Those who traveled them regularly knew where the mud holes were, which creeks were fordable and when, and which farmers didn’t mind if you camped overnight at the edge of their pasture or field. A heavy canvas tent was sometimes carried along in case shelter was needed. Our parents had such a tent.

We still played in it in the early 1950s. It was about 12′ by 12′ – a large one. Probably weighed about twenty pounds and it depended on heavy wood poles for its sturdy stand.  We depended on older brothers to set it up when they might have time after field work on a summer evening.tent

Staying out and sleeping in it overnight meant waking up in unfamiliar surroundings which could be a delightful thing to experience, with only the occasional wandering skunk adding an unfamiliar threat…which might cause us to relocate to our familiar bedrooms. It was just a few skunksteps to the back door of the house, a scamper through the length of the first floor to the stairs that we could climb in the middle of the night to find our familiar beds…if we had decided the familiar was better.

Such an alternative was not available when Grant and I woke up in the middle of one night in the 1970s and learned that we had camped in Mule Deer Mid-Night Meet ‘n Greet Territory.

We were hiking with Eric and Jon who were about seven and nine at the time, at 7,000 feet elevation somewhere south of Yosemite. This was in the good old days when trail signs were few and hence, trails were lightly traveled. Hikers didn’t venture out on long trails unless they knew how to read maps. We were in the process of learning.hiking trail

We had run out of daylight some time before we ran out of trail that evening. Our destination, a lake with camping options for backpackers, was too away far for us to push on. When we saw packed ground in an open area about four hundred feet square under the forest canopy alongside the trail, we set up there for the night, on the slanted ground.

One small area was flat enough for supper preparation over sterno cans, using lightweight camp-cookware kettles.

A little after midnight we awoke to heavy movement and shuffling feet all around us. It was perfect audio for a tucked-safely-into-your-own-bed nightmare – but not so good when you discover you’re in territory that is not yours by any definition.

The noise was a group of mule deer moving through the clearing, nibbling at the brush along the edges of the clearing and chatting among themselves.starry sky

Now backpacking at altitude in the The Sierras has several delightful features: one of them is that there are seldom any mosquitoes, so we never used tents. Just sleeping bags on thin foam pads. We literally slept under the stars which meant that as we struggled awake in those moments there was no tent wall between us and hooves and legs that were scuffling up against our sleeping bags, bumping into our heads.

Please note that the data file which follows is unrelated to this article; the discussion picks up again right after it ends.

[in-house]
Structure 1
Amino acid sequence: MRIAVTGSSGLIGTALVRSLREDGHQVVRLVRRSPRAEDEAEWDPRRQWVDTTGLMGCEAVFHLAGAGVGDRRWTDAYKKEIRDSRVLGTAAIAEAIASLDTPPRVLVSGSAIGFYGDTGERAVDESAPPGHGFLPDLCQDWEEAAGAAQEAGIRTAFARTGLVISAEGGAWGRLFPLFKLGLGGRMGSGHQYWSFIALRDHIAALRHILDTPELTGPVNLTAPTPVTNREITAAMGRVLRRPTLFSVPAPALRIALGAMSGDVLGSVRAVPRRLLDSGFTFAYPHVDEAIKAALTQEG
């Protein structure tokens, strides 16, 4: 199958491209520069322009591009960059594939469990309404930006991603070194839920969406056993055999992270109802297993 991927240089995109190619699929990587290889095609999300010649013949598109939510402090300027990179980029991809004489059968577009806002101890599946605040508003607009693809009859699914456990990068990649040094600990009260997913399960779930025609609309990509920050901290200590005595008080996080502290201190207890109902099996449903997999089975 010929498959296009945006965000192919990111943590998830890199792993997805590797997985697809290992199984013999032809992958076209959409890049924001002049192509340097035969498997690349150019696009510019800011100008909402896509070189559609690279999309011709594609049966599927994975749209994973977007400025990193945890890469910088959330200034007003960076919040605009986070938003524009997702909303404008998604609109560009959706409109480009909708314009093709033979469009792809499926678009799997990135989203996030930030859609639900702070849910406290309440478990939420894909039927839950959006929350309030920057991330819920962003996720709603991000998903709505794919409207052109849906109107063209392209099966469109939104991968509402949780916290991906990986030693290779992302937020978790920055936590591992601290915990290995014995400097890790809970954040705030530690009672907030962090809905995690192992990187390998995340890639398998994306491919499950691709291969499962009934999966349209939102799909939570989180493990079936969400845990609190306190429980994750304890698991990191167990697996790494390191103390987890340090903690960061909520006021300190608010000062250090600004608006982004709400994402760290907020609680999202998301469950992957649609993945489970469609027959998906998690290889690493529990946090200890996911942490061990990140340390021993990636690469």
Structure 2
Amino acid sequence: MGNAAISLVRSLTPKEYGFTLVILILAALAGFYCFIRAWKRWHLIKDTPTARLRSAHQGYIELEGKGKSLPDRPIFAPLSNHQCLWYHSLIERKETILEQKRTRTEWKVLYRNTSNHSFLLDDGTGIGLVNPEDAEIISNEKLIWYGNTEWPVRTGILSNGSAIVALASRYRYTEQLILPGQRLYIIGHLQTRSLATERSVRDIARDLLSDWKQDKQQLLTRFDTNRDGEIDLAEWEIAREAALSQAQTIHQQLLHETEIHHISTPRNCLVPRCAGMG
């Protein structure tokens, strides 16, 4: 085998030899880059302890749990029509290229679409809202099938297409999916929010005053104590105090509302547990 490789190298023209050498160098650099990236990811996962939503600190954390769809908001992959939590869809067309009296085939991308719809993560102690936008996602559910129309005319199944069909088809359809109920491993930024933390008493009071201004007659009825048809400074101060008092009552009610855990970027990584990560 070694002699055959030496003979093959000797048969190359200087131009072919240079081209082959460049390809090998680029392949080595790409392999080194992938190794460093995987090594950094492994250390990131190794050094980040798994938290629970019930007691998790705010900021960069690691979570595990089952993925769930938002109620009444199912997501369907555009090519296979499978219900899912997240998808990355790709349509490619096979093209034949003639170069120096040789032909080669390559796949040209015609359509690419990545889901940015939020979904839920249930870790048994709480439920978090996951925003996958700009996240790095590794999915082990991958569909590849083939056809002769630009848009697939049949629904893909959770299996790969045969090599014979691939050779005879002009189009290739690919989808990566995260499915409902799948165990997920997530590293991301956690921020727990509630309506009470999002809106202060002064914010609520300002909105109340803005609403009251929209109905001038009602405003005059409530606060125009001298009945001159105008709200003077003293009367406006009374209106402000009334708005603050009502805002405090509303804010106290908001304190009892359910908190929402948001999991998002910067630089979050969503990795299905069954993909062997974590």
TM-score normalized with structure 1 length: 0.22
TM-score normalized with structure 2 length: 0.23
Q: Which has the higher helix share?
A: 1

We had shifted a log so we could brace our feet against it- as though we were on a tilted bed – the boys between us, so we wouldn’t lose either of them in a downhill roll during the night.

As DH and I sat up and realized we had company (of course the boys slept soundly through the entire event), we immediately scrambled to our feet, recognizing that these confused and slightly alarmed and hooved mammals had a serious advantage over us. In such a situation there’s no option but to combine what you know how to do with what you’ve never had to do before, but must now do.

We had thousands of pounds of Mule Deer on The Hoof who did not appreciate our presence. It was flat dark so they couldn’t clearly see who or what the intruder was. What species we were. What threat we were. They did know we were noisy.

We used the flashlights to little effect and added the audio of the lightweight cooking utensils, each of us pounding two pieces together to make as much noise as we could; repeatedly taking a step or half step toward the animals who stood fully as tall as we did, yelling as we stepped – then stepping back in order to keep our legs as a useless little fence around the boys, still sleeping between on the ground between us.

The deer finally decided to give us about an 8′ foot open space but didn’t leave their midnight ground until about an hour later – I suspect their usual time.

It was a frightening and unfamiliar situation. and left us with badly dented cookware.

RalstonRemember the young man in Utah who got his arm thoroughly caught between two rock formations a couple of years ago? After a few days dying there, he realized that it was up to him to save himself by cutting off his arm. So he did that. He mixed the familiar with the unfamiliar to get through a bad situation.

He walked out, met a family who helped him, and he survived.

And, of course, wrote a book – because everyone wanted to try to understand how on earth could you make yourself do that? 

I haven’t read the whole book but I’m guessing his  motivation had to do with what was at stake: his life. Lack of meaningful options tends to focus the mind.

Aron Ralston took something he already knew about (his own anatomy, his level of dehydration, his knowledge of the minimal chances of being found within his projected survival window) and mixed it with unfamiliar necessity (breaking your own arm and then cutting it off would fall under the unfamiliar). *See links below for updates on Ralston’s life since that experience.

When he decided to cut his right wrist and hand off he was excluding the option of having two of those for the rest of his life. Every choice made excludes other options.